HWTN would like to thank the City of Milwaukee for taking care of this important historic building by funding its needed repairs and following the preservation ordinance to make sure the work is done correctly. Thanks to Mayor Tom Barrett; Ald. Nik Kovac; the Department of Public Works and Commissioner Ghassan Korban; the Milwaukee Water Works and Superintendent Carrie M. Lewis; and the Historic Preservation Commission and Carlen Hatala.



John Updike, an HWTN artist and the Downer Avenue popcorn wagon walked into a bar…

Actually, Pulitzer Prize-winning novelist John Updike, the historic Downer Avenue popcorn wagon and a Water Tower neighborhood artist didn’t walk into a bar.

But the three were connected in a different way — they all played roles in a well known 1965 children’s book, “A Child’s Calendar.”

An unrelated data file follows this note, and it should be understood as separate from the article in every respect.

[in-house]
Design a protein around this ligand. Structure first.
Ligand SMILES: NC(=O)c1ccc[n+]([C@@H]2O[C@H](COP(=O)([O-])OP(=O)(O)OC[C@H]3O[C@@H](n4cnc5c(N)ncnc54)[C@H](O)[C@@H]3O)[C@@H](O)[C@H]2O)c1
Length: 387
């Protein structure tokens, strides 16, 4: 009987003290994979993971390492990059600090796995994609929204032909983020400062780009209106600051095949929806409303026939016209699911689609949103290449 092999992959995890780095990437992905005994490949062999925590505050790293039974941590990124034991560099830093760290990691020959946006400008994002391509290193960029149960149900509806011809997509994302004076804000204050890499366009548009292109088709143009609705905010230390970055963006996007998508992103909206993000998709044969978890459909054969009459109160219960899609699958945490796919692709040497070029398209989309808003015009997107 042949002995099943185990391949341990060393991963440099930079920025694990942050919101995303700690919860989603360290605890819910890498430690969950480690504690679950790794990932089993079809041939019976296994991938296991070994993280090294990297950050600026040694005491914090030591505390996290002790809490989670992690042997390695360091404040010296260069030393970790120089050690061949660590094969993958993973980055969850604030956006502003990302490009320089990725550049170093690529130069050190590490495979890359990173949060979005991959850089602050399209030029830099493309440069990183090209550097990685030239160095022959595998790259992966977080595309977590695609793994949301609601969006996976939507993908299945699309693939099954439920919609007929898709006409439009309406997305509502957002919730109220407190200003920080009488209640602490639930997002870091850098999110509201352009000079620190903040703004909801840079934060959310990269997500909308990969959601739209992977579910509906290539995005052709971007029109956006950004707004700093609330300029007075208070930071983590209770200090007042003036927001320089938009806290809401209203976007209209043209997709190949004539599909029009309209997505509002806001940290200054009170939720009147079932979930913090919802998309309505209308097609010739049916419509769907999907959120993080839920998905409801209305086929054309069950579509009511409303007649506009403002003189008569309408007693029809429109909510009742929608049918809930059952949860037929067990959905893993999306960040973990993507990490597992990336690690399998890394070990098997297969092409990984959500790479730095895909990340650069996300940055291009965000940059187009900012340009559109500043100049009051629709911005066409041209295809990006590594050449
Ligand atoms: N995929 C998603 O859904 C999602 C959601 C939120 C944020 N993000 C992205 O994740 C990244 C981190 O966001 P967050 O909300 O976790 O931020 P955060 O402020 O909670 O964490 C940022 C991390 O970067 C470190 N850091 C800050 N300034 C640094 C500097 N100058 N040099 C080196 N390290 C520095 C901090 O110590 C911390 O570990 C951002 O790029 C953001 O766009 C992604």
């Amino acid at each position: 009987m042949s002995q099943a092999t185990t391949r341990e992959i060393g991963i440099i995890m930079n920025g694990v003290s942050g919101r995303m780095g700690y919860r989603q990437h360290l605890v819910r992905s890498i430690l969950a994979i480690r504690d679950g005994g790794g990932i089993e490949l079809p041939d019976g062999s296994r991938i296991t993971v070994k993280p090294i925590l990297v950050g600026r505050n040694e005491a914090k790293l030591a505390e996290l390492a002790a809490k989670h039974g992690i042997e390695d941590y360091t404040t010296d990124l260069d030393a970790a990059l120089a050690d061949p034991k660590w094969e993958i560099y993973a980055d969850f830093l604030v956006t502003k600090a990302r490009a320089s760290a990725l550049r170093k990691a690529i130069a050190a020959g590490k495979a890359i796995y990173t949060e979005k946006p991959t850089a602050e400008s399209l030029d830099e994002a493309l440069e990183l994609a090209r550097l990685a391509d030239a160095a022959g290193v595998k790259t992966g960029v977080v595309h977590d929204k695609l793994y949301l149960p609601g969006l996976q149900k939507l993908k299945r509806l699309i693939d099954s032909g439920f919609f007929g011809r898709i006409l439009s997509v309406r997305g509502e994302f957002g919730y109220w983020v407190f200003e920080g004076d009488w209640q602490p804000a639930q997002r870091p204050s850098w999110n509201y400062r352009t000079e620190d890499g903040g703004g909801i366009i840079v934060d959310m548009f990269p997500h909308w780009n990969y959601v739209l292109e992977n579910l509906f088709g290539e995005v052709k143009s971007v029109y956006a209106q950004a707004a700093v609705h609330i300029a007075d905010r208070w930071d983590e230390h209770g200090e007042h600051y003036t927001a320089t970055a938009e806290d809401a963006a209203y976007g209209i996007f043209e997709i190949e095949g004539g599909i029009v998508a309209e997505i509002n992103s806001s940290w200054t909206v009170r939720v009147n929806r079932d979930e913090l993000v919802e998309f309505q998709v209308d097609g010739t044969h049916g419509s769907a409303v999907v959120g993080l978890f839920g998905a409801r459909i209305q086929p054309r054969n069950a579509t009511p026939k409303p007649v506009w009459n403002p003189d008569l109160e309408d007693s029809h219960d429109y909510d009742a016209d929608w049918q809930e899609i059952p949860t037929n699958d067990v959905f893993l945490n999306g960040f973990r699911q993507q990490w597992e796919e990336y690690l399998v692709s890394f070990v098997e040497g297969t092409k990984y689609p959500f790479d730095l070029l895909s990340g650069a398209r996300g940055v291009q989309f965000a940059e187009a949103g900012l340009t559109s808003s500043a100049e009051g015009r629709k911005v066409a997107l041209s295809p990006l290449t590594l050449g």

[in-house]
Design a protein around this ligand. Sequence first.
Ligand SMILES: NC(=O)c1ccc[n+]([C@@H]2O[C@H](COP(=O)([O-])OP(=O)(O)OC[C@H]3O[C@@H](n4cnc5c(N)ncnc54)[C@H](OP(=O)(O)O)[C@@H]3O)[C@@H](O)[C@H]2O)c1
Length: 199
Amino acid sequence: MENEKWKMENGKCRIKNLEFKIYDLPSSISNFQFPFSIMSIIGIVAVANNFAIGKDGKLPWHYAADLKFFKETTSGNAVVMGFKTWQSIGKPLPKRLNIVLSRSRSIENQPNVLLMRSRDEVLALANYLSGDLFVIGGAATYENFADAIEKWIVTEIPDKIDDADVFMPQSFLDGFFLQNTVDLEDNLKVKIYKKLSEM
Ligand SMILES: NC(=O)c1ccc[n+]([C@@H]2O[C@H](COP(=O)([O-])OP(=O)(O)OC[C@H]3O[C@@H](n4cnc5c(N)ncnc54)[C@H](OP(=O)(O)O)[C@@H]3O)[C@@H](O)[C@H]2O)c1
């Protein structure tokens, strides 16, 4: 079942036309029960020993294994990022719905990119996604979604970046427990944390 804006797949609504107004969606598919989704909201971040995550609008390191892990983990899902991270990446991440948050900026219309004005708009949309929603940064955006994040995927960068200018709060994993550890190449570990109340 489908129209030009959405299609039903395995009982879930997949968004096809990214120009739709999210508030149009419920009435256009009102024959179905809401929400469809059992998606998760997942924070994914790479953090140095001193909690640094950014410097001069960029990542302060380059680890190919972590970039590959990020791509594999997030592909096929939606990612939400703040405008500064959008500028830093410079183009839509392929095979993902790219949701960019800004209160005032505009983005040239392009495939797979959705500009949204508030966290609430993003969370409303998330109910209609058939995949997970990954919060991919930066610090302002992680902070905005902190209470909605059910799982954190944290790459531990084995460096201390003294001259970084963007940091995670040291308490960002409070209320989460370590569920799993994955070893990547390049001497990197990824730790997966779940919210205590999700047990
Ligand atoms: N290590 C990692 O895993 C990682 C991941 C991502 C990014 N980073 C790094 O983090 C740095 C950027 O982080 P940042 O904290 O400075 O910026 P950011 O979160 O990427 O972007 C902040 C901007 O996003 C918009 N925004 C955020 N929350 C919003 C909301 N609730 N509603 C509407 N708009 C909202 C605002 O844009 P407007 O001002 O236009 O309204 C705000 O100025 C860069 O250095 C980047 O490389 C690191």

The text of the book was written by Updike, who wrote “Rabbit, Run,” “The Witches of Eastwick” and many other acclaimed works. The original illustrator of the book was Nancy Ekholm Burkert, who lived for many years in a charming early 1900’s Georgian Revival clapboard home at 3228 N. Marietta Ave., here in the Historic Water Tower Neighborhood. And Burkert’s lovely drawing of the historic Downer Avenue popcorn wagon graced a page of “A Child’s Calendar.”

Wagon 6





















Burkert was also the original illustrator of “James and the Giant Peach” and won a Caldecott Honor in 1973 for “Snow-White and the Seven Dwarfs.”

In “A Child’s Calendar,” her drawing of the Downer popcorn wagon illustrates Updike’s poem about the month of May. Updike began the poem: “Now children may, go out of doors, without their coats, to candy stores.”

Popcorn book

Nancy Ekholm Burker headshot














The historic popcorn wagon was a fixture on the corner of Downer Avenue E. Bellview Place from 1916 to 2007, when it was removed by a developer to make way for a new parking structure. According to a city history written before its removal: